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Understanding Scientific and Research Ethics

how to do research ethics

How to pass journal ethics checks to ensure a smooth submission and publication process

Reputable journals screen for ethics at submission—and inability to pass ethics checks is one of the most common reasons for rejection. Unfortunately, once a study has begun, it’s often too late to secure the requisite ethical reviews and clearances. Learn how to prepare for publication success by ensuring your study meets all ethical requirements before work begins.

The underlying principles of scientific and research ethics

Scientific and research ethics exist to safeguard human rights, ensure that we treat animals respectfully and humanely, and protect the natural environment.

The specific details may vary widely depending on the type of research you’re conducting, but there are clear themes running through all research and reporting ethical requirements:

Documented 3rd party oversight

  • Consent and anonymity
  • Full transparency

If you fulfill each of these broad requirements, your manuscript should sail through any journal’s ethics check.

how to do research ethics

If your research is 100% theoretical, you might be able to skip this one. But if you work with living organisms in any capacity—whether you’re administering a survey, collecting data from medical records, culturing cells, working with zebrafish, or counting plant species in a ring—oversight and approval by an ethics committee is a prerequisite for publication. This oversight can take many different forms:

For human studies and studies using human tissue or cells, obtain approval from your institutional review board (IRB). Register clinical trials with the World Health Organization (WHO) or International Committee of Medical Journal Editors (ICMJE). For animal research consult with your institutional animal care and use committee (IACUC). Note that there may be special requirements for non-human primates, cephalopods, and other specific species, as well as for wild animals. For field studies , anthropology and paleontology , the type of permission required will depend on many factors, like the location of the study, whether the site is publicly or privately owned, possible impacts on endangered or protected species, and local permit requirements.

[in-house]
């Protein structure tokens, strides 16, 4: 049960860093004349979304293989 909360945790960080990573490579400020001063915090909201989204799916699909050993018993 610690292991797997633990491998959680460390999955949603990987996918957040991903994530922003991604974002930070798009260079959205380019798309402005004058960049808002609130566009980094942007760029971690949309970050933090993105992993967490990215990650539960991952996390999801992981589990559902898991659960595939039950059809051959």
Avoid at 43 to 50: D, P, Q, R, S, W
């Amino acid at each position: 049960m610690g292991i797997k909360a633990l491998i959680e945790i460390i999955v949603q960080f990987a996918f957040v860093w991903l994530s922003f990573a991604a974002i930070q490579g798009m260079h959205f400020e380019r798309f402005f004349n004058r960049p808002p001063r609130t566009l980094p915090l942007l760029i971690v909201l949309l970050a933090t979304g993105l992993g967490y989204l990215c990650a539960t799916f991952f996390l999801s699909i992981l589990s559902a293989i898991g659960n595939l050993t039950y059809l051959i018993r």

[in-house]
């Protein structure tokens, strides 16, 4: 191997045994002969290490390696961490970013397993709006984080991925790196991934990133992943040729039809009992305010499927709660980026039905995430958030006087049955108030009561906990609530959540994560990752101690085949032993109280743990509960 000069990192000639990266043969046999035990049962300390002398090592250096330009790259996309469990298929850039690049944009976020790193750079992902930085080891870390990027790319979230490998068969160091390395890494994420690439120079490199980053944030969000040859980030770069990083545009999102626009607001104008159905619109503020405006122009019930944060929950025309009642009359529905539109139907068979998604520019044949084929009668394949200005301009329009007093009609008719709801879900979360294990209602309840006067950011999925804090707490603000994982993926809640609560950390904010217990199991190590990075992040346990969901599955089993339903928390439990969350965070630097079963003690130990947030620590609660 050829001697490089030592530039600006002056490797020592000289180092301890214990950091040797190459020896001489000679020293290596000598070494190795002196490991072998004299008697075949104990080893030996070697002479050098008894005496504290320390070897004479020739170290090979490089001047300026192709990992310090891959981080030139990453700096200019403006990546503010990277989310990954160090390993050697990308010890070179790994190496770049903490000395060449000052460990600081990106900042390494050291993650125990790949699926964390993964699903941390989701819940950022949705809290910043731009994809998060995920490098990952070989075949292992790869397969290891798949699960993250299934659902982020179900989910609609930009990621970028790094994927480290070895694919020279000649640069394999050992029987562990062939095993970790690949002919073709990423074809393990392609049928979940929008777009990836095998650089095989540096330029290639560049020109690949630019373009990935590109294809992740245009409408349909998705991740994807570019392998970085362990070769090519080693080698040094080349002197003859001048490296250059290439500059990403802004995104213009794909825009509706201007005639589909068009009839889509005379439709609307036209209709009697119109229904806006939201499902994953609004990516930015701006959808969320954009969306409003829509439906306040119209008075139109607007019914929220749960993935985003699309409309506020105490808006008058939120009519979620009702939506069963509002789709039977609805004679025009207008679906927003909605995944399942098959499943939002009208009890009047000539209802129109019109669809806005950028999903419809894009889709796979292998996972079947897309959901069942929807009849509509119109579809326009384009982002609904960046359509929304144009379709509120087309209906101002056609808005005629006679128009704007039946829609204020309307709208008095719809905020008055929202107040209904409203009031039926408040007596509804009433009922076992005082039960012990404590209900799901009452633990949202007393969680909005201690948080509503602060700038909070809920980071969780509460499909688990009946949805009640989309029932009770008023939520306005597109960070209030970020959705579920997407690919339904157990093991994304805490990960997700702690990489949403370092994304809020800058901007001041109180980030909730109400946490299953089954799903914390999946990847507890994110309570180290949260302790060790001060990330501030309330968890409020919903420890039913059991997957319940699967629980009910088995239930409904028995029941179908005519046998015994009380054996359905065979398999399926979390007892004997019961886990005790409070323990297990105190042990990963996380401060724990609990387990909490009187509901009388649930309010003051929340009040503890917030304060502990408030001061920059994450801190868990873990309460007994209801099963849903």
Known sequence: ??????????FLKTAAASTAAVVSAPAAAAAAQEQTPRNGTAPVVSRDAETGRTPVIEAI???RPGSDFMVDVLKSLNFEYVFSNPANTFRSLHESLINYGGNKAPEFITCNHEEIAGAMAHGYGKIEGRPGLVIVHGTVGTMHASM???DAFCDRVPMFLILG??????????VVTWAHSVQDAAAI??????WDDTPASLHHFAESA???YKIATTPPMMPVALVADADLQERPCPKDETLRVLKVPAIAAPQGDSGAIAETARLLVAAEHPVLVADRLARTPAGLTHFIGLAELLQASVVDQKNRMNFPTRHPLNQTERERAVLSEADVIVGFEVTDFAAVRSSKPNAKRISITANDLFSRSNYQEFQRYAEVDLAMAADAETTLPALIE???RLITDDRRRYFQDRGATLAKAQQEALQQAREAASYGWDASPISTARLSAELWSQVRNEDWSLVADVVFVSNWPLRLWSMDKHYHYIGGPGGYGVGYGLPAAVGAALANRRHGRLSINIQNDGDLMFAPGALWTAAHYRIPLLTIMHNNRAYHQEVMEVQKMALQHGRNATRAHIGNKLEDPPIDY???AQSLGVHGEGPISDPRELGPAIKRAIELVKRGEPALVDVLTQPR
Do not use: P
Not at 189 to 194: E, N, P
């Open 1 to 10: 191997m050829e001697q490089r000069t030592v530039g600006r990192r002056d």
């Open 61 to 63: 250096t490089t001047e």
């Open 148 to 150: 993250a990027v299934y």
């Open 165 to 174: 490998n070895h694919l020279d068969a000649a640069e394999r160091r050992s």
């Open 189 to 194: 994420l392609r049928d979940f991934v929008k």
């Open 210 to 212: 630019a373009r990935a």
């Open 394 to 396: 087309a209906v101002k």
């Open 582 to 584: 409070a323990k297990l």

TIP: You’re not exempt until your committee tells you so

Even if you think your study probably doesn’t require approval, submit it to the review board anyway. Many journals won’t consider retrospective approvals. Obtaining formal approval or an exemption up front is worth it to ensure your research is eligible for publication in the future.

TIP: Keep your committee records close

Clearly label your IRB/IACUC paperwork, permit numbers, and any participant permission forms (including blank copies), and keep them in a safe place. You will need them when you submit to a journal. Providing these details proactively as part of your initial submission can minimize delays and get your manuscript through journal checks and into the hands of reviewers sooner.

Consent & anonymity

Obtaining consent from human subjects.

You may not conduct research on human beings unless the subjects understand what you are doing and agree to be a part of your study. If you work with human subjects, you must obtain informed written consent from the participants or their legal guardians. 

There are many circumstances where extra care may be required in order to obtain consent. The more vulnerable the population you are working with the stricter these guidelines will be. For example, your IRB may have special requirements for working with minors, the elderly, or developmentally delayed participants. Remember that these rules may vary from country to country. Providing a link to the relevant legal reference in your area can help speed the screening and approval process.

TIP: What if you are working with a population where reading and writing aren’t common?

Alternatives to written consent (such as verbal consent or a thumbprint) are acceptable in some cases, but consent still has to be clearly documented. To ensure eligibility for publication, be sure to:

  • Get IRB approval for obtaining verbal rather than written consent
  • Be prepared to explain why written consent could not be obtained
  • Keep a copy of the script you used to obtain this consent, and record when consent was obtained for your own records

Consent and reporting for human tissue and cell lines

Consent from the participant or their next-of-kin is also required for the use of human tissue and cell lines. This includes discarded tissue, for example the by-products of surgery.  

When working with cell lines transparency and good record keeping are essential. Here are some basic guidelines to bear in mind:

  • When working with established cell lines , cite the published article where the cell line was first described.
  • If you’re using repository or commercial cell lines ,  explain exactly which ones, and provide the catalog or repository number. 
  • If you received a cell line from a colleague , rather than directly from a repository or company, be sure to mention it. Explain who gifted the cells and when.